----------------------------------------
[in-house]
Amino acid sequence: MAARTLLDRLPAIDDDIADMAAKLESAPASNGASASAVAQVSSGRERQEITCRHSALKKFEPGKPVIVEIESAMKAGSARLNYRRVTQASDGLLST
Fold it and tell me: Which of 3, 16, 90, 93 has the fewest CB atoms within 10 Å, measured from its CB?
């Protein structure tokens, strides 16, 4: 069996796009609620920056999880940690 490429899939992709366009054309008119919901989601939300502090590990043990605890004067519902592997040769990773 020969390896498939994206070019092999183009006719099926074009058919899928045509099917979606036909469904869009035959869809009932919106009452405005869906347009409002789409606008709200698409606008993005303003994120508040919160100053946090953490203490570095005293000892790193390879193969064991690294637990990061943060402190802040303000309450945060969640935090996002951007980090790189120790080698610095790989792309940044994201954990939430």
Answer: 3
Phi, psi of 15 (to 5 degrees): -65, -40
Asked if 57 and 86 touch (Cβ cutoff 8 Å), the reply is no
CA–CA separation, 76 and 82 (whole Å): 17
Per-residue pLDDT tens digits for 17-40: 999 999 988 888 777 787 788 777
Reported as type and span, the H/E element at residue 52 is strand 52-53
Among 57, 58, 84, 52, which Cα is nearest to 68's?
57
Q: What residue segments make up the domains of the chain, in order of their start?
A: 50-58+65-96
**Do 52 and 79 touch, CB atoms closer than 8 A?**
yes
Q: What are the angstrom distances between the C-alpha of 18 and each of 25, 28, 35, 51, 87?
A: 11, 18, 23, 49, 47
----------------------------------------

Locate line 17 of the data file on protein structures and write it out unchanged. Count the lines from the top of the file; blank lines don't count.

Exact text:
Q: What are the angstrom distances between the C-alpha of 18 and each of 25, 28, 35, 51, 87?